The translation on Google Translate took up the same earlier mistranslations. This led to a number of online campaigns[14] until 2016 when Nigerian linguist and writer Kola Tubosun, then an employee at Google, first changed it back to less derogatory connotations. When the changes were reverted, he changed them again in 2019.[15] The translation for Èṣù to English now remains "Èṣù" while "devil" and "satan" translate to "bìlísì" and "sàtánì" respectively.[16]

Appearances in popular culture[edit]

  • Eshu appears in K. A. Applegate's fantasy series Everworld, serving as the main antagonist of its eighth book, Brave the Betrayal. He is a trickster god who tries many times to emotionally manipulate and mentally break the book's narrator, Jalil Sherman, but is ultimately defeated when Jalil proves too strong to give in to his mental tricks and magical illusions.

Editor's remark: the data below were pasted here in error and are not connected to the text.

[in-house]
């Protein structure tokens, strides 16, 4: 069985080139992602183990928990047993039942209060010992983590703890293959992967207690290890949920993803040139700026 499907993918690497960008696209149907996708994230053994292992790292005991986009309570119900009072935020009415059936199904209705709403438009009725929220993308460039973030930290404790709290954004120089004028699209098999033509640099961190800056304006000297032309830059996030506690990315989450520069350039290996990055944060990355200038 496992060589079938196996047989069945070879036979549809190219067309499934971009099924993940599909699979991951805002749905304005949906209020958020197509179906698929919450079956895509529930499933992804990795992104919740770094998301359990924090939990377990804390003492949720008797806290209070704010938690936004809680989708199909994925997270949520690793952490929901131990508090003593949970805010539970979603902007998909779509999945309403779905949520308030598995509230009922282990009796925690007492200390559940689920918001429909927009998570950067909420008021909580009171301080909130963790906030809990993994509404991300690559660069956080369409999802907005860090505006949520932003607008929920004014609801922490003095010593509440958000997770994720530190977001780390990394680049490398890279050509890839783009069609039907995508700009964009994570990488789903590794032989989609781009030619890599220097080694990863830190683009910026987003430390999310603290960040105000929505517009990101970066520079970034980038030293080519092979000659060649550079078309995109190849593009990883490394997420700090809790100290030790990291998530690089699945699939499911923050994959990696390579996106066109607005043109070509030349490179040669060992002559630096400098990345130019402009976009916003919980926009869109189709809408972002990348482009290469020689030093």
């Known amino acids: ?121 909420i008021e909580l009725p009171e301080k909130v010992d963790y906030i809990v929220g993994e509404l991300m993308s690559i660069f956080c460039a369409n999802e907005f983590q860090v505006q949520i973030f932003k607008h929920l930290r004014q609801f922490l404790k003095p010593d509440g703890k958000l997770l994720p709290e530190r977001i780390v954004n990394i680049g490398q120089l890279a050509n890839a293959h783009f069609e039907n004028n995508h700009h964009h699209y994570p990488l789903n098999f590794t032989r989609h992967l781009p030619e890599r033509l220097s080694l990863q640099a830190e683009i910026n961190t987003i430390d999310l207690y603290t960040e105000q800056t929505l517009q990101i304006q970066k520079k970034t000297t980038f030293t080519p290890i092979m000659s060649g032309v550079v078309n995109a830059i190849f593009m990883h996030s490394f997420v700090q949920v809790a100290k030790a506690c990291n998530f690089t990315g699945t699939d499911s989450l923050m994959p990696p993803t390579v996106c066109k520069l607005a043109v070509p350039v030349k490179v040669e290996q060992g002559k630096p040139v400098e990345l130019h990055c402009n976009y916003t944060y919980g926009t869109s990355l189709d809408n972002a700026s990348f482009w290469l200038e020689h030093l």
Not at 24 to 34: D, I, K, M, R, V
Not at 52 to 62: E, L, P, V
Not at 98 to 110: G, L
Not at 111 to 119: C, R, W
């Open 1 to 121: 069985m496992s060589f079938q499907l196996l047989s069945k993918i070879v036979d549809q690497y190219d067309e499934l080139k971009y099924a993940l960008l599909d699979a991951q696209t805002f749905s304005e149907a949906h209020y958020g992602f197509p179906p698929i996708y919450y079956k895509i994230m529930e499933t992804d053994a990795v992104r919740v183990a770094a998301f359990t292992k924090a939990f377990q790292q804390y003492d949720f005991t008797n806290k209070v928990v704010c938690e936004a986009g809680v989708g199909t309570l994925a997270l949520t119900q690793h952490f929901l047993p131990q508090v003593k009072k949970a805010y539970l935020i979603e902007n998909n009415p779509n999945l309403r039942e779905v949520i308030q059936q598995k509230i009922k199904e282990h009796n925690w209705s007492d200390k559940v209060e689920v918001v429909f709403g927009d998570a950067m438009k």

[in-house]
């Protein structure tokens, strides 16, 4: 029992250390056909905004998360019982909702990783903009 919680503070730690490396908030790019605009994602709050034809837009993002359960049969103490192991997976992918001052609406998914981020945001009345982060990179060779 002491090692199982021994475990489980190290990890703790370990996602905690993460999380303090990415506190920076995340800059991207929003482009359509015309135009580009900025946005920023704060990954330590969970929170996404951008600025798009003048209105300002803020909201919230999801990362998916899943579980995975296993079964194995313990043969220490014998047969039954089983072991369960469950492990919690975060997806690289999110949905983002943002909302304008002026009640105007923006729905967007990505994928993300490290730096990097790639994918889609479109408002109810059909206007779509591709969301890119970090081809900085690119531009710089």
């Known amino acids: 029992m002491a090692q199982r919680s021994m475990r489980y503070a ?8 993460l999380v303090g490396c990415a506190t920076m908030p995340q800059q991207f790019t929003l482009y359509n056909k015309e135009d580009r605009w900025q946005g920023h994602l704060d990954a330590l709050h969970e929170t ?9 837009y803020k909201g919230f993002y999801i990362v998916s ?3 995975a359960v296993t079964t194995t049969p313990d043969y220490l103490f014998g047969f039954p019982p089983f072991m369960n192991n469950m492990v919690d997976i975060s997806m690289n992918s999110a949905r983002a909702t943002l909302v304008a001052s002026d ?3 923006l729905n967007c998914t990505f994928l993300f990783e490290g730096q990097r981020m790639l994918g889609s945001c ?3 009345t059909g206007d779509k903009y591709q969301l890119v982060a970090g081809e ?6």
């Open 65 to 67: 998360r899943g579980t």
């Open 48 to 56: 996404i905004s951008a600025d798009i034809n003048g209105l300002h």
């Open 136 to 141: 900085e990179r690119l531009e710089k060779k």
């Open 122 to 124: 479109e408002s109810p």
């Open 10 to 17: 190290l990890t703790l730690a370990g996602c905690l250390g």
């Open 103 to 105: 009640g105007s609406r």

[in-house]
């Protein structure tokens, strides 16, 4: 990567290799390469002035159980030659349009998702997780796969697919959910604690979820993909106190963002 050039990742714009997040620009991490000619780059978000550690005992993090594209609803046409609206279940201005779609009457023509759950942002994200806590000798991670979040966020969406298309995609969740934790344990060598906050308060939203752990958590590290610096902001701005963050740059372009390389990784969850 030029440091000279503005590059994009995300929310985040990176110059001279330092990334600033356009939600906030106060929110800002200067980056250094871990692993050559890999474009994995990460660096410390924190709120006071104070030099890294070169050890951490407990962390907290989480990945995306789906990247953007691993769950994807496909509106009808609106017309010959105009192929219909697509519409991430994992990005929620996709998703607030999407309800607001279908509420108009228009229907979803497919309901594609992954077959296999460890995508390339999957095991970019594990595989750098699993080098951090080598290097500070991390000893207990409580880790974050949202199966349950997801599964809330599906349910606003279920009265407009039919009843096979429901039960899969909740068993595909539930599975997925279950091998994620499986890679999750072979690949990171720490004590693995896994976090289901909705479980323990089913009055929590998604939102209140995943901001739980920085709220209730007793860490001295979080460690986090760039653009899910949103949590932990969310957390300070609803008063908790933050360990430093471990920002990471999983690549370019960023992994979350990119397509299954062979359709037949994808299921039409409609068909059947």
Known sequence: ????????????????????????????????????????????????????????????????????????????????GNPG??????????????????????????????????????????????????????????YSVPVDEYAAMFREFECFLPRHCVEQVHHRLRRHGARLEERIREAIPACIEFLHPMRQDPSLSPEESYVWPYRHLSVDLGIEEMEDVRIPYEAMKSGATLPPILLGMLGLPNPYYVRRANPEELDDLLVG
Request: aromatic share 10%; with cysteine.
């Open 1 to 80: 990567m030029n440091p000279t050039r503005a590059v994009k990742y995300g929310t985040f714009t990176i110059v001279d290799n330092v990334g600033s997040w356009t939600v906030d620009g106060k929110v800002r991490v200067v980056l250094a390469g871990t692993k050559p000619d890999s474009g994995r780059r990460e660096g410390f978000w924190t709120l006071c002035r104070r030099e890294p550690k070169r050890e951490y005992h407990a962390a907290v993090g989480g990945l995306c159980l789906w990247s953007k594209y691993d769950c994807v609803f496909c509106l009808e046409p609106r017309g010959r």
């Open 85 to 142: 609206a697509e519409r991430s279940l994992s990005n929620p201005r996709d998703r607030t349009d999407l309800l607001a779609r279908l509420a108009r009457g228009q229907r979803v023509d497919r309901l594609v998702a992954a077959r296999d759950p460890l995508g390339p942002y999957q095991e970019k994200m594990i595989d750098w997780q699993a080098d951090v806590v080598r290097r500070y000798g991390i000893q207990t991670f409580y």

• The 1974 blaxploitation film Abby features Eshu, but mostly as a deranged and ruthless sex deity that possesses a young woman and causes her to sexually assault and brutally murder various men in the process.

See also[edit]

References[edit]

  1. ^ Falola, Toyin (March 2013). Esu: Yoruba God, Power, and the Imaginative Frontiers. Carolina Academic Press (June 24, 2013). ISBN 978-1611632224.
  2. ^ Fatunmbi, Awo Baba Falokun. Esu-Elegba: Ifa and the Divine Messenger. Original Pubns (January 1, 1993). ISBN 978-0942272277.
  3. ^ Fatunmbi, Awo Baba Falokun. Esu-Elegba: Ifa and the Divine Messenger. Original Pubns (January 1, 1993). ISBN 978-0942272277.
  4. ^ a b Ócha'ni Lele (24 June 2010). Teachings of the Santería Gods: The Spirit of the Odu. Inner Traditions / Bear & Co. p. 251. ISBN 978-1-59477-908-4.